In light of the ongoing challenges and health safety concerns related to Covid-19, the 2020 Old Line State Summit will transition to the Online State Summit, a series of programming that will run throughout the Summer and Fall of 2020. Thanks to our generous sponsors, all Summit webinars will be presented free of charge to attendees across the country.
The planning process can be dense and intimidating for the average person, but many of the most important decisions that impact a community are made in the planning process. This session will explore ways to demystify the planning process with the goal of broader engagement for all citizens. Speakers for this session are Stephanie Smith, Assistant Director, Equity, Engagement and Communications in the Baltimore City Department of Planning and a member of the Maryland Bar, and Allie O’Neill, Program Manager of Neighborhood Design Center’s Prince George’s County office.
Given the illegal nature of its operations, sites of the Underground Railroad across the United State were often hidden and secret. That necessity now presents a challenge to preservationists dedicated to identifying, preserving, and interpreting these important histories where they happened. Speakers for this session include Dr. Kate Clifford Larson, author and historian, Heather Ersts, Outreach & Partnership Coordinator for the Maryland Department of Tourism Development, and Dennis A. Doster, Ph.D., Director of the M-NCPPC Black History Program.
The Network to Freedom (NTF) program of the National Park Service promotes innovative scholarship, interpretation, and partnerships for sharing the history and legacy of the Underground Railroad. The Network consists of rigorously researched and documented sites with connections to the Underground Railroad, and programs and facilities with research, educational or interpretive resources related to the Underground Railroad in addition to some financial support. For many places that may be associated with the Underground Railroad, documentation and interpretation can be difficult, particularly when uncovering the complex and difficult stories of the enslaved.
Speakers for the session include Dr. Kate Clifford Larson, author of Bound for the Promised Land, an award-winning biography of Harriet Tubman and who has written more than twenty successful Network to Freedom site nominations. Kate will help illuminate research resources and impart how sites can separate lore from fact from fiction. Heather Ersts of the Maryland Department of Tourism, who is working to strengthen the interpretation offerings at historic destinations that tell the authentic story of African American life, will highlight existing sites in the Network to Freedom that exemplify high-quality and authentic heritage tourism experiences, including new digital experiences. Dennis A. Doster, Ph.D., director of the M-NCPPC Black History Program will also join the webinar to give a broader context to researching and interpreting African American history. Dr. Doster has close to 15 years of experience in the field of Public History. He has worked for the National Archives, the Johns Hopkins University, and the Alexandria Black History Museum. Additionally, he is an adjunct professor in African American Studies, History, and Women’s Studies at the University of Maryland, College Park and the University of Maryland, University College.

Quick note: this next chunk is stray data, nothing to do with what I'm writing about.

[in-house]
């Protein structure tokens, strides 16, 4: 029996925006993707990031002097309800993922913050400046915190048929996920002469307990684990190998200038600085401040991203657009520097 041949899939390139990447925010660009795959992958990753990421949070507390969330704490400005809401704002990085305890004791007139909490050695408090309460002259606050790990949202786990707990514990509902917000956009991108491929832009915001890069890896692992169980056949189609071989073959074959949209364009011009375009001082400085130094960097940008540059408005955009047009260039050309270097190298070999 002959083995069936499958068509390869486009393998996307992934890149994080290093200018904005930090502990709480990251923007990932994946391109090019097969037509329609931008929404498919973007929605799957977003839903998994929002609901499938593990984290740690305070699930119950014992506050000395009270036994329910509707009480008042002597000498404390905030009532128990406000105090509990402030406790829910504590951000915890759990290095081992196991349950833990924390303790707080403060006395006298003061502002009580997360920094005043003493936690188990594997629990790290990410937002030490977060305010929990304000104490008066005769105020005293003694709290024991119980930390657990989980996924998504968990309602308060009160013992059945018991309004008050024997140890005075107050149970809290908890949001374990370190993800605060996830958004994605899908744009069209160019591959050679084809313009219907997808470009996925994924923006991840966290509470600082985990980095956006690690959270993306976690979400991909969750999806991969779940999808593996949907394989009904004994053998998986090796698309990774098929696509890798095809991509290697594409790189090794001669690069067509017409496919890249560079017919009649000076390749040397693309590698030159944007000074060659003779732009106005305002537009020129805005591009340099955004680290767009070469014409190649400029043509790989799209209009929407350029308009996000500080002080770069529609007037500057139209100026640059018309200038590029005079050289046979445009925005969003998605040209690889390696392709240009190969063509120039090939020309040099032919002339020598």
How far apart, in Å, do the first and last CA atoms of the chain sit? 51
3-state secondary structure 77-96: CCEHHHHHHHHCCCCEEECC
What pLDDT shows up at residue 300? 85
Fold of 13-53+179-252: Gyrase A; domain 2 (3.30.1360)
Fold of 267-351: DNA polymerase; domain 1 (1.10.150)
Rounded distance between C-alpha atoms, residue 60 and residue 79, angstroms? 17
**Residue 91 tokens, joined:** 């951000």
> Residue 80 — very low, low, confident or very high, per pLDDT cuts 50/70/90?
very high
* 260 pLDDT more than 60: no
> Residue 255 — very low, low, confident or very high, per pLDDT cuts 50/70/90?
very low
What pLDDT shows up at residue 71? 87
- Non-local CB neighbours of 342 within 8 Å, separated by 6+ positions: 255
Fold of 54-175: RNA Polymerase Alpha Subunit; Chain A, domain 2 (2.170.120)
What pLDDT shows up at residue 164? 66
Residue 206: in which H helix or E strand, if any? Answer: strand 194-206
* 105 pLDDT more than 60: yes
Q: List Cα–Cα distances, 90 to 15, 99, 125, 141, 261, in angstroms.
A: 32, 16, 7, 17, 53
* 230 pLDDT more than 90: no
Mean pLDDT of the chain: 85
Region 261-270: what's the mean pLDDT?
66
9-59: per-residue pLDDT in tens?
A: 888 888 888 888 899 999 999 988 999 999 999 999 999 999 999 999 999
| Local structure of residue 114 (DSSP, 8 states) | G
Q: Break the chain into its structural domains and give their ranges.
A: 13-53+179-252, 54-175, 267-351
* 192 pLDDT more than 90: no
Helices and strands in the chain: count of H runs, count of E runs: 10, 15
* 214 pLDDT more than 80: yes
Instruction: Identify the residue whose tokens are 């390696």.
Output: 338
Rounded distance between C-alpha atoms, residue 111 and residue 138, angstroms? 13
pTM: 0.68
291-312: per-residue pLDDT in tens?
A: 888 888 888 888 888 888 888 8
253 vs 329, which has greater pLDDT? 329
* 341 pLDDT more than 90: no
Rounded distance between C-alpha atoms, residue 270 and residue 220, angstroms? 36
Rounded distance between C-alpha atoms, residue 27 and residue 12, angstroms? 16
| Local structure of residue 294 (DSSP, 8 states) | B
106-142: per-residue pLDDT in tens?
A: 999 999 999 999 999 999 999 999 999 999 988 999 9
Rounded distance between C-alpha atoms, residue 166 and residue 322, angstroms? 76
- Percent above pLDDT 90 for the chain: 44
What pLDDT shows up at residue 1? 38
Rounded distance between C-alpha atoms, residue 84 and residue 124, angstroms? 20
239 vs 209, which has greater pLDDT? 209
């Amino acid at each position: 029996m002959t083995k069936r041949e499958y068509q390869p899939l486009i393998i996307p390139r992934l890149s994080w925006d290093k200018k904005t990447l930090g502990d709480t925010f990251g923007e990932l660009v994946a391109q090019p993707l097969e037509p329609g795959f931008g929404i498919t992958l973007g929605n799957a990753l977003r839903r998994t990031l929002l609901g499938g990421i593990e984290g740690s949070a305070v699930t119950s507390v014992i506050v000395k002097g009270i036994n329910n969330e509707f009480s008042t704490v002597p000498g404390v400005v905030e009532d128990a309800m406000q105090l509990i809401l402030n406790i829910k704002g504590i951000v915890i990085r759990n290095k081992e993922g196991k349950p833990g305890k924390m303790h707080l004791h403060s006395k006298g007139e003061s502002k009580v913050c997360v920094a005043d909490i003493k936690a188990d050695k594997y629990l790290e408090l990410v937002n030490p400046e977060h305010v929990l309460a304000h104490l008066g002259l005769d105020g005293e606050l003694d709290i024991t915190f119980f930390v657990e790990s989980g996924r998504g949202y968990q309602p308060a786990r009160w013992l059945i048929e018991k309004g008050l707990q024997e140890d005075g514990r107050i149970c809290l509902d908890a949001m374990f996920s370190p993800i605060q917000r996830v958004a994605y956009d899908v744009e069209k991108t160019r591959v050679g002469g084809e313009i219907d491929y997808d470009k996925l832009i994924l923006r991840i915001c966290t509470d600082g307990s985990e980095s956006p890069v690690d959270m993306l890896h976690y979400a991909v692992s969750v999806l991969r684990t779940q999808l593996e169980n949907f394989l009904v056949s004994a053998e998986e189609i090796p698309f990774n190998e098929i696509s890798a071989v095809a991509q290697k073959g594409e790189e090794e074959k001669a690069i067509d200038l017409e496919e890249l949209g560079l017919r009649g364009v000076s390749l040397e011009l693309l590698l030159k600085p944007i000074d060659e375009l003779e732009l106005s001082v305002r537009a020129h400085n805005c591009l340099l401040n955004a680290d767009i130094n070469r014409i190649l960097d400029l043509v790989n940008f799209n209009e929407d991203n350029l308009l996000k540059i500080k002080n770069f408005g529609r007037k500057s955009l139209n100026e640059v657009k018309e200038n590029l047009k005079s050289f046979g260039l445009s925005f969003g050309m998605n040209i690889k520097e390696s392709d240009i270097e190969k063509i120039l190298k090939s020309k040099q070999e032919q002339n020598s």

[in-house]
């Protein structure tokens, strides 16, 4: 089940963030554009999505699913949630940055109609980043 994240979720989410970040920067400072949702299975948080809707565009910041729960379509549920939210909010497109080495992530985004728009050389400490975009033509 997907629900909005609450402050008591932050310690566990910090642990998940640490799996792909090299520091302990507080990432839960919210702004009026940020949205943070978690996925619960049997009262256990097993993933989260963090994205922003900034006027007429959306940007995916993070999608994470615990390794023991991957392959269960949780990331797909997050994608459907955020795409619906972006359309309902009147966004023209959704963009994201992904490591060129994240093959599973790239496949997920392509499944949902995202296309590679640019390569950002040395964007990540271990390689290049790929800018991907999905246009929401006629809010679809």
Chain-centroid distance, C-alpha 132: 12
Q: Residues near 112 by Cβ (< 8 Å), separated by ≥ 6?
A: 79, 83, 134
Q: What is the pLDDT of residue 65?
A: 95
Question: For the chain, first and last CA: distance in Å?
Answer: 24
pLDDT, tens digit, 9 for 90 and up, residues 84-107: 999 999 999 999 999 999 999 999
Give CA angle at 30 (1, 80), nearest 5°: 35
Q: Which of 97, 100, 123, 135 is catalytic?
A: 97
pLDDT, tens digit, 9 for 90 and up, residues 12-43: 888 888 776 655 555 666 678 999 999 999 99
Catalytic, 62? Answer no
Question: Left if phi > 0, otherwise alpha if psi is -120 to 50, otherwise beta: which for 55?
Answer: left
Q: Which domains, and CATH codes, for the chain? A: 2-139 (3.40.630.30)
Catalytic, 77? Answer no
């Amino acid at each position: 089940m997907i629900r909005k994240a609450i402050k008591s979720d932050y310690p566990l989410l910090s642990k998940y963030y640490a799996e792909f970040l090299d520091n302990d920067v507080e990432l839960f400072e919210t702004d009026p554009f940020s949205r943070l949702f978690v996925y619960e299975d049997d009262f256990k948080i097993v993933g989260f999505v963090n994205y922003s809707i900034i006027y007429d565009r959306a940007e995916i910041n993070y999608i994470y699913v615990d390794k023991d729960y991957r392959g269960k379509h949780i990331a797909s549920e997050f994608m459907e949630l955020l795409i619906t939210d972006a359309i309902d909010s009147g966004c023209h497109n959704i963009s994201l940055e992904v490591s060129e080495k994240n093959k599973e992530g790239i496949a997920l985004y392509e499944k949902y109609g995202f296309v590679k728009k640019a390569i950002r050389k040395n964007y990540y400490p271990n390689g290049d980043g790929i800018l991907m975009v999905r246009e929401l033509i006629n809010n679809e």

The goal of this session is to provide an overview of research resources and pitfalls related to uncovering difficult history, especially related to the Underground Railroad. With accurate research and accurate interpretation, Maryland will continue to solidify itself as a destination for history seekers and heritage travelers. Moreover, those persons enslaved in Maryland and those abolitionists along the Underground Railroad deserve a full and true account of their harrowing – and heroic experiences.
The City of Brunswick is undertaking an initiative to create protections for its historic community in the form of a Conservation District. This session will walk through what a conservation district is, how it works to protect historic communities, the process Brunswick went through, and the lessons learned.
America’s post-war communities are also now historic communities. What are the challenges in adapting these car-focused communities to a more transit-focused future? This session will look at residential and commercial spaces, their history, and their future.